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Identity theft carries serious penalties

Anytime you use someone's personal information for your own financial gain, it may be considered identity theft. You may be accused of identity theft if police believe you used someone else's credit card or opened a line of credit in another person's name without his or her permission. Being suspected of using another person's identification fraudulently, such as when you are applying for a job, may also result in a charge of identity theft.

Despite warnings and efforts to educate the public, people continue to leave their private information vulnerable to potential internet crimes. Many may not realize how little information it takes to open a credit account in their names. Some people obtain personal information by looking through the garbage for documents with sensitive details, like a person's birthday, social security number or bank account information. Others use more high-tech means, such as scanners or elaborate phone or email scams.

What penalties could you face if you are convicted of identity theft?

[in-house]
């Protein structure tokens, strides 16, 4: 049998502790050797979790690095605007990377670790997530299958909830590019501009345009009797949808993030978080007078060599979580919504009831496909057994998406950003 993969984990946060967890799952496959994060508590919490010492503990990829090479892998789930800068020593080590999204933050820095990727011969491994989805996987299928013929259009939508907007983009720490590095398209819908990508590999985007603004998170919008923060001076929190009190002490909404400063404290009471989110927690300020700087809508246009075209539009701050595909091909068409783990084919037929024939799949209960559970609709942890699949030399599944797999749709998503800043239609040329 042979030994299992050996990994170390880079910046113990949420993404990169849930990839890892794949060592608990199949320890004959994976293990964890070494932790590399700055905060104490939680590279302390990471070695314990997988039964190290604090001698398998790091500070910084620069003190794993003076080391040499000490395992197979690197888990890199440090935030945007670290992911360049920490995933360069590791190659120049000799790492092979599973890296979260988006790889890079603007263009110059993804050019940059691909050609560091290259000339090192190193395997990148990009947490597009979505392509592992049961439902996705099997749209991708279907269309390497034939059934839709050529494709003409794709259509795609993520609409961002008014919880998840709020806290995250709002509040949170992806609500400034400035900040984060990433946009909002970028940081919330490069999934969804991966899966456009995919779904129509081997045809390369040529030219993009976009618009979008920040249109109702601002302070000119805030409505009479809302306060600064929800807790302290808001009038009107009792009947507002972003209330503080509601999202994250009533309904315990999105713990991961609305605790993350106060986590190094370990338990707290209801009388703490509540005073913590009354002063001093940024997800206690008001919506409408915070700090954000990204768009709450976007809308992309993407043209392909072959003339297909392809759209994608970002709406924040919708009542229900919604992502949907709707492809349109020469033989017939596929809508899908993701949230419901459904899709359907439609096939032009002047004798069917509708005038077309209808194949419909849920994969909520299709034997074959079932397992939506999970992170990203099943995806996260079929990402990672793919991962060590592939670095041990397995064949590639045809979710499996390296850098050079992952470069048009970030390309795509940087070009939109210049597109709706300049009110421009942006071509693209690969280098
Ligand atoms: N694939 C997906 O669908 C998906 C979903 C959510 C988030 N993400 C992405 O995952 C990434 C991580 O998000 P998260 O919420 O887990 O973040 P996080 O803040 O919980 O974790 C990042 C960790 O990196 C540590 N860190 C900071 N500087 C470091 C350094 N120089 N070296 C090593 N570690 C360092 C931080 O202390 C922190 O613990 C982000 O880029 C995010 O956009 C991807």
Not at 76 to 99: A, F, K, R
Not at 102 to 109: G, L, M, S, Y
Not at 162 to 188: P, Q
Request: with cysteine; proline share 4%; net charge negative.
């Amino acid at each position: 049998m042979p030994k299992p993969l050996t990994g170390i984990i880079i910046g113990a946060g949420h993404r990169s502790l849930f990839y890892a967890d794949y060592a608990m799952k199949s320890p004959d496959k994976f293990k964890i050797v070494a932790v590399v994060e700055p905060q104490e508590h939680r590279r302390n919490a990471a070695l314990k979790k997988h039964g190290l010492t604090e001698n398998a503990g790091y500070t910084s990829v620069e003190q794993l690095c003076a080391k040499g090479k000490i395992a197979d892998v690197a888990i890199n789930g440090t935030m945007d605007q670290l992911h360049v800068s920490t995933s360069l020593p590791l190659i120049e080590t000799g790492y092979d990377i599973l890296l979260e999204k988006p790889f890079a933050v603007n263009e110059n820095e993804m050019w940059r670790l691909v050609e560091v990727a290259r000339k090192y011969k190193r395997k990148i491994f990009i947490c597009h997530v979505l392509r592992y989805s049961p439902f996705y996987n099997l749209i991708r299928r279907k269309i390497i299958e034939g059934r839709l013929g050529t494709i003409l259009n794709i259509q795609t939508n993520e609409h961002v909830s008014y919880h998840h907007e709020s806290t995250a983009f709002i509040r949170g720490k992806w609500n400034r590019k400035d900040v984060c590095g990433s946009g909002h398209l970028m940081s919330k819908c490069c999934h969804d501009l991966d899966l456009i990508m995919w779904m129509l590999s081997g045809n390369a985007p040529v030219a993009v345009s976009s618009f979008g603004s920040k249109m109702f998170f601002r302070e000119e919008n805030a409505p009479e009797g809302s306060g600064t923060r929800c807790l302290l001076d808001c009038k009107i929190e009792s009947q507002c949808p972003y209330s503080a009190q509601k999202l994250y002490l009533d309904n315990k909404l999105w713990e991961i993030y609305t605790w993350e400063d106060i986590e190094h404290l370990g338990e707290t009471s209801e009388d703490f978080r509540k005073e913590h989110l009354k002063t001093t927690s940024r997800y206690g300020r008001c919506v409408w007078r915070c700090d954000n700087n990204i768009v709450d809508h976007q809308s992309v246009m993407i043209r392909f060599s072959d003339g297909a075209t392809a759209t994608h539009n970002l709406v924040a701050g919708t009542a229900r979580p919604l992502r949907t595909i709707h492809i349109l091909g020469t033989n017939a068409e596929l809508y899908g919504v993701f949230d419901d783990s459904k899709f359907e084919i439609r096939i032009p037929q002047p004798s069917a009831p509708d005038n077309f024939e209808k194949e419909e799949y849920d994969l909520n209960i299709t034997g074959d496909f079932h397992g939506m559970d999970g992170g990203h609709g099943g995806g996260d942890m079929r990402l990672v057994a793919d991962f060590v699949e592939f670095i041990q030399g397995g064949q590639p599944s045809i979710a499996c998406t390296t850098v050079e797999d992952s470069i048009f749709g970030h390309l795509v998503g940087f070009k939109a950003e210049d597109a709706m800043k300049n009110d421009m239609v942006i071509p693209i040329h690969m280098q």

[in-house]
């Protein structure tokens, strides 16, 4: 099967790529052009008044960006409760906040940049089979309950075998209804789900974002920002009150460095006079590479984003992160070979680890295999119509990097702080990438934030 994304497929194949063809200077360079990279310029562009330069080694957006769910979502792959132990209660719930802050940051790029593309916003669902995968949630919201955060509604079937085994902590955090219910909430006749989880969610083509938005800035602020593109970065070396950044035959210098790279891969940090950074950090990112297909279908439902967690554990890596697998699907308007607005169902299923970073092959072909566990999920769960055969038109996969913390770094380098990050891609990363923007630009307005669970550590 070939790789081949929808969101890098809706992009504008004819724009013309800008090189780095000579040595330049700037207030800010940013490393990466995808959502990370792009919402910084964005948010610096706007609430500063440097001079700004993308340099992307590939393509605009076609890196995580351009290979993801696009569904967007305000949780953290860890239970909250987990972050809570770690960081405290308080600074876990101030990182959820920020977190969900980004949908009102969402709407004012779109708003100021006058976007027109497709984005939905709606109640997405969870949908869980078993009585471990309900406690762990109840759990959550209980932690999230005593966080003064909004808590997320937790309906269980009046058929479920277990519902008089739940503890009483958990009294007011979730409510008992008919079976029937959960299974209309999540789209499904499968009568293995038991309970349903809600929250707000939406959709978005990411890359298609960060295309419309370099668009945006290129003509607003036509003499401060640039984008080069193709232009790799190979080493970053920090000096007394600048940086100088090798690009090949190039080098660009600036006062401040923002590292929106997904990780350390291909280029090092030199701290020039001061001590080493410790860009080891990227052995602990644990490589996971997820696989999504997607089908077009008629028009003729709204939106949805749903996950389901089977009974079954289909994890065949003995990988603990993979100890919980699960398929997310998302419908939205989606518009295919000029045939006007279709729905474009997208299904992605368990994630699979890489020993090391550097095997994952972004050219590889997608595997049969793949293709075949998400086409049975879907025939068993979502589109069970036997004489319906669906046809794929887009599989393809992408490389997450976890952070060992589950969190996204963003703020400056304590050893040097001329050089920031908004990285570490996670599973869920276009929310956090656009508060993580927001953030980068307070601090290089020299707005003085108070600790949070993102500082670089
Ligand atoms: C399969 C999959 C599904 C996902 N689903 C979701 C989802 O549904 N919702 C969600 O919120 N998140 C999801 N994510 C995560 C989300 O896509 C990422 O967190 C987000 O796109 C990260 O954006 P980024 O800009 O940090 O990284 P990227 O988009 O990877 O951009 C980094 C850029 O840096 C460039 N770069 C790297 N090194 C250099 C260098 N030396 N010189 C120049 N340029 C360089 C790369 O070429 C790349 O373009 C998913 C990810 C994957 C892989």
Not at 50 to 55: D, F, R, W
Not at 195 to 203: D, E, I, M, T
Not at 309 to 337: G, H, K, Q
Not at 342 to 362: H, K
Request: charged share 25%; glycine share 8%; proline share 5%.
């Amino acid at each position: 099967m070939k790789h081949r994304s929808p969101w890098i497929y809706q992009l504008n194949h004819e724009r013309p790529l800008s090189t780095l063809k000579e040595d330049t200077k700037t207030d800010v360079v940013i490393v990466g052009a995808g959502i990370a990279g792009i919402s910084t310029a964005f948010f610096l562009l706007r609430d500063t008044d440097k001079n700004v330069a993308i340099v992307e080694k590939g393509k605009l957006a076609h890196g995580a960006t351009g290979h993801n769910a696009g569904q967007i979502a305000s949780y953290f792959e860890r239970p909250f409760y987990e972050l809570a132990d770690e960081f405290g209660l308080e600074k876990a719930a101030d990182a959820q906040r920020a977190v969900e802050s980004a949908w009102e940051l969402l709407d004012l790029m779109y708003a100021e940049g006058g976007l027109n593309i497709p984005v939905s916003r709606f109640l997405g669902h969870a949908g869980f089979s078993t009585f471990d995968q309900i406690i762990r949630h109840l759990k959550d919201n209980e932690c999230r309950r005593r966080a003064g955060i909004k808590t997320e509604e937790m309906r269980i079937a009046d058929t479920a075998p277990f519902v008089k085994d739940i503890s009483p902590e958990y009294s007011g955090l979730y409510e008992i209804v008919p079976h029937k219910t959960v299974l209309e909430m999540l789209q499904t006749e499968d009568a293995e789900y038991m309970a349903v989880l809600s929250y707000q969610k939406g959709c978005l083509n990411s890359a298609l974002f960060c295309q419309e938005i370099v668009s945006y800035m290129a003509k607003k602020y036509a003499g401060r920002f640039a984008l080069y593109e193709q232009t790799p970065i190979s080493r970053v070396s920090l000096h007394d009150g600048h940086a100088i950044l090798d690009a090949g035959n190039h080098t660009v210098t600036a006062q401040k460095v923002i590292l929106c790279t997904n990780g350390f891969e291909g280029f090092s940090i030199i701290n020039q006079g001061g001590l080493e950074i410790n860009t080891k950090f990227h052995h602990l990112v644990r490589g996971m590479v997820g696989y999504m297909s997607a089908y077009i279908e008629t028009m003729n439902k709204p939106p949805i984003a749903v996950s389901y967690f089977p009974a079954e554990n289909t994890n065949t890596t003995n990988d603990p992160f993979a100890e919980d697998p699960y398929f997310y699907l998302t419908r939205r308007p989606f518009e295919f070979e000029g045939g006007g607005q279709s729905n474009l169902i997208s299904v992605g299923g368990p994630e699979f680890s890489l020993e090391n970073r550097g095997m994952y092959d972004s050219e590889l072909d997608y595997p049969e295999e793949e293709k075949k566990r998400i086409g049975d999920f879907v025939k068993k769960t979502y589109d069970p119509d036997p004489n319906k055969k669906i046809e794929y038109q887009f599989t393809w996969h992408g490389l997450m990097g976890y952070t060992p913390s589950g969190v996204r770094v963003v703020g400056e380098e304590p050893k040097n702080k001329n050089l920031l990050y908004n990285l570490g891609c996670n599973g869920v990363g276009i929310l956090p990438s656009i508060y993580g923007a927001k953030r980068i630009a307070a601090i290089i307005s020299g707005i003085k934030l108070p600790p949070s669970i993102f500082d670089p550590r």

If you are charged with identity theft, you may be facing some serious consequences. Identity theft is considered a felony in Michigan, and penalties are harsh. If you are convicted, in addition to restitution, you may be sentenced to time in jail and hefty fines:

  • Maximum of five years, fine of $25,000 or both for first offense
  • Maximum of 10 years, fine of $50,000 or both for second offense
  • Maximum of 15 years, fine of $75,000 or both for third offense or beyond

Depending on the circumstances, you may also face federal penalties, which can include longer prison time and higher fines. A conviction of this type may also limit your chances of being hired for certain jobs.

How your attorney might defend you

Your attorney may use a variety of methods to defend you against the charges of identity theft. Showing you had the consent of the person to use his or her personal information or questioning the investigative tactics used by law enforcement are just two of the defense strategies a skilled attorney may use to protect your rights.

Since the charge of identity theft probably followed a lengthy investigation, having a lawyer by your side as quickly as possible will increase the chances of minimizing any negative consequences. It is never too early to have experienced legal counsel when police or federal agents begin questioning your activities.

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G. M. Gabry Law
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Portage, MI 49024

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